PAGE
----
February 11, 2004 11:35 AM PST

Comcast: Growing a family empire

With his $66 billion unsolicited bid to purchase Walt Disney on Wednesday, Comcast Chief Executive Officer Brian Roberts joins a small list of media executives whose appetite has led to explosive growth and unprecedented consolidation in the media business.

If the deal should go through--a highly uncertain prospect given Disney management's refusal to open discussions--it would solidify Roberts and Comcast as one of the chief rivals to Rupert Murdoch's News Corp. and the Time Warner media empire. The CEO paints the deal as simply the next rational step in a steady thirty-year history of growth.

"This seems like the logical next step for a premier distribution company, to get into content," Roberts said on a conference call with analysts Wednesday morning. "This is a very serious offer."

From humble beginnings as a 1,200-person cable company in Tupelo, Miss., Comcast and its family owners have emerged today into the ranks of the most ambitious media companies in the world.

Just a half-decade ago, Comcast was a well-regarded but decidedly second-tier cable TV operator, in an industry that was just beginning to emerge from a history of family-owned, collegial companies into the world of modern multimedia conglomerates.

The company was founded in 1963, when Ralph Roberts, the current CEO's father, invested in a small cable operation in Mississippi. It was renamed Comcast and its headquarters moved to Philadelphia in 1969, and it went public in 1972 on the Nasdaq market.

But it wasn't until the mid-1980s that the Roberts family began showing the appetite for growth that has now become its hallmark. In 1986, Comcast doubled its size with its first major purchase of another cable TV company, and it became a founding investor in the QVC home shopping network.

Growth by acquisition
The next decade saw the Roberts family make steady growth in the business, largely through acquisitions. Brian Roberts was elected president of the company in 1990, and he and his father spoke jointly for the operation through much of the 1990s.

The company turned its eyes to the high-speed Net front in 1996, taking an early ownership stake, along with Tele-Communications and Cox Communications, in the @Home cable modem service, a move that ultimately helped cable broadband services jump ahead of the telephone companies' DSL (digital subscriber line).

The next year, Roberts was widely given credit for galvanizing Microsoft's interest in the cable industry. At a Redmond, Wash., dinner for cable executives hosted by Microsoft's Bill Gates in April of 1997, the two executives sat next to each other, and Roberts reportedly challenged Gates to invest in the business in order to speed cable's transformation to digital systems. A few months later, Microsoft announced it would invest $1 billion in Comcast itself, with Gates publicly giving credit to Roberts.

Like the proposed Disney deal, the acquisitions that catapulted Roberts and Comcast to the top of their industry faced considerable opposition.

In 1999 Comcast, by then the fourth-largest cable company in the United States, agreed to buy third-largest operator MediaOne in a $60 billion stock deal. But it was ultimately pushed aside by AT&T, which was itself amid a cable-buying spree, and Comcast instead got a $1.5 billion merger termination fee, and about 750,000 net new subscribers from AT&T.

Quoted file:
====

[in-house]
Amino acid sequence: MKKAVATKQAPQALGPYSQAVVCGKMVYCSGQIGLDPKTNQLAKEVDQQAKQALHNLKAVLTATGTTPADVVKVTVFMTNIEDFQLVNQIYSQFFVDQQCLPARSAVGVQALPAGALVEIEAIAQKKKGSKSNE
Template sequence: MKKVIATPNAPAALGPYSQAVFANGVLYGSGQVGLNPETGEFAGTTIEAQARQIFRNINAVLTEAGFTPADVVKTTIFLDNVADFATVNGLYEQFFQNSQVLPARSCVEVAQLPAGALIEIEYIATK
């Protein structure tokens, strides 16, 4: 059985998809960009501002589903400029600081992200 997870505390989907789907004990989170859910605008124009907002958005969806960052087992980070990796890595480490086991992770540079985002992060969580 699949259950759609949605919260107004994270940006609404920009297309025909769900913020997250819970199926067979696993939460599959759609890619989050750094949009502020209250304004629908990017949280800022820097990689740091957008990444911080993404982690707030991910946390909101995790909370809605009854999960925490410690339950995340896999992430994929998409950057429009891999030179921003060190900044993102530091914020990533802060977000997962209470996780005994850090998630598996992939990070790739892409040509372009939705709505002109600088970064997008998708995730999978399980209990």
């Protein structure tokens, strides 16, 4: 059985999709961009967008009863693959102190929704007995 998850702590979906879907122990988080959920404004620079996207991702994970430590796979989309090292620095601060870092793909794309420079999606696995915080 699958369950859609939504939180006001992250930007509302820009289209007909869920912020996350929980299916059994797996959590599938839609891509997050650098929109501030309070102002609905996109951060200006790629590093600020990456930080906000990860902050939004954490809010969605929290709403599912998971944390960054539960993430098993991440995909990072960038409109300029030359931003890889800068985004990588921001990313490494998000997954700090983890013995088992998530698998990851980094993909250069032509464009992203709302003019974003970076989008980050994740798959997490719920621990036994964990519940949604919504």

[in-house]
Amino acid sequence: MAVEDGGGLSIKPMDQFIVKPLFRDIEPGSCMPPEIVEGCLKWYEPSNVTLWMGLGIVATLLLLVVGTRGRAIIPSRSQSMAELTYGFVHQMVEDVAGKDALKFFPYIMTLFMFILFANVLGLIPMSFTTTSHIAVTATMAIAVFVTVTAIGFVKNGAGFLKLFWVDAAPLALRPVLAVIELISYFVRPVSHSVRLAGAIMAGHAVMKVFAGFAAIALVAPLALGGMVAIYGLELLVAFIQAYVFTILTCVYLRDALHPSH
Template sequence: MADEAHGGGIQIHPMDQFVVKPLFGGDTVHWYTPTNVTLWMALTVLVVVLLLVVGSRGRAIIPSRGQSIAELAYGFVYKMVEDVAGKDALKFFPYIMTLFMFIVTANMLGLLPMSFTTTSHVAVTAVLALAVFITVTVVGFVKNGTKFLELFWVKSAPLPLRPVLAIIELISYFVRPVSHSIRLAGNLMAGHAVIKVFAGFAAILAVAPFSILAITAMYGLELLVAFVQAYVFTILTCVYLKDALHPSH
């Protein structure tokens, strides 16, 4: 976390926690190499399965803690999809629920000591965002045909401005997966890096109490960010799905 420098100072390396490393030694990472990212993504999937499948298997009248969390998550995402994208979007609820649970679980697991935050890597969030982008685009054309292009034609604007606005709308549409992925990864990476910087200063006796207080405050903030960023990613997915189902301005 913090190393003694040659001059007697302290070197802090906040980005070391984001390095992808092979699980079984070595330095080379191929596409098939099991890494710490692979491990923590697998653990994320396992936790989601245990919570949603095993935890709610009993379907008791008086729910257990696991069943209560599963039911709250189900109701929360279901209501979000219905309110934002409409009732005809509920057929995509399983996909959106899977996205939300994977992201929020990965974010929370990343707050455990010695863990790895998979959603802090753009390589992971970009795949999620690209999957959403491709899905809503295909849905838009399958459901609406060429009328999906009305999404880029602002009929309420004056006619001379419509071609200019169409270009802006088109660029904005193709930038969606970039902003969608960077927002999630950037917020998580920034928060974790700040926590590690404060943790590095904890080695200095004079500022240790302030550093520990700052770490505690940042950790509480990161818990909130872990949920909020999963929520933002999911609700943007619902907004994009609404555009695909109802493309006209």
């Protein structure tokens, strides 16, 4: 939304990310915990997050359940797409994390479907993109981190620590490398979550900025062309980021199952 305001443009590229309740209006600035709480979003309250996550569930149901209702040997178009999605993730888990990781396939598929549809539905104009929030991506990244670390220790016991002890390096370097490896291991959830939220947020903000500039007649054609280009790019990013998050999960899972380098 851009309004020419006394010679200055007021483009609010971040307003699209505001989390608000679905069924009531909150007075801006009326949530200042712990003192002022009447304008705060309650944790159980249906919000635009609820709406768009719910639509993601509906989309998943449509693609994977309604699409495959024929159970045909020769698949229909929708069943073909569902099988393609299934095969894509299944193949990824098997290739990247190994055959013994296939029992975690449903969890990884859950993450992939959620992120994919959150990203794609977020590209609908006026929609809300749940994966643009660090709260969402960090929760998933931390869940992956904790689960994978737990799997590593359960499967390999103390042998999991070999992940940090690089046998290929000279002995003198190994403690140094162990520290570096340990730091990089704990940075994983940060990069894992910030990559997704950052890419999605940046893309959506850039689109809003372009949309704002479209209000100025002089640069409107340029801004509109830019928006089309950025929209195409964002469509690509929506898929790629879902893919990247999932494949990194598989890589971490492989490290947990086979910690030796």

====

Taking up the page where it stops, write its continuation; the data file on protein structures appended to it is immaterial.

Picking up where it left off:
Just two years later, after AT&T's strategy crumbled, Comcast made an unsolicited bid to buy all of AT&T's cable properties--more than twice the size of MediaOne alone--for nearly $60 billion in stock and debt assumption. AT&T rejected the bid , but finally capitulated months later for a $72 billion price tag.

Not long afterwards, the @Home cable broadband partnership collapsed, and Comcast inherited the largest broadband network in the United States at the end of 2001.

Ambitious yet well-grounded
This growth pattern has left the company with a reputation for ambitious, but well-grounded expansion efforts both technologically and in a corporate scope, analysts say.

"They are forward-looking," said Kaufman Bros. analyst Mark Kay. "This company was one of the first to roll out high-speed broadband service and to experiment with digital video...They also have a reputation of being very diligent in doing their due diligence with the price they pay and in the expectations they set for their transactions."

In the years since finishing the AT&T merger, Comcast has shored up the technological weak spots and troubled bottom line of the AT&T properties, but has clearly had its eyes on further expansions.

It has been a tough negotiator with Hollywood studios, trying to win rights to sell on-demand access to movies over the cable systems before films find their way into the rental market. It has started its own cable sports channel in Chicago, winning rights to show that city's professional basketball and baseball games from under the nose of Rupert Murdoch's Fox Sports Chicago, and has started its own G4 video game cable channel.

Analysts who follow the company say this history of successful mergers and roving vision could help Disney shareholders warm to the idea of a merger, despite the surprise.

"One thing that some Disney shareholders may look at is that (Comcast) has a pretty good track record in integrating deals," said Strategy Analytics analyst Jim Penhune, "For a company in the old-line business of cable TV--and cable historically has been a 'buddy-ocracy' of companies that were family held--(Comcast) seems very open to bringing in new people and smart people and seizing on new market opportunities."

News.com's Jim Hu contributed to this report.

 

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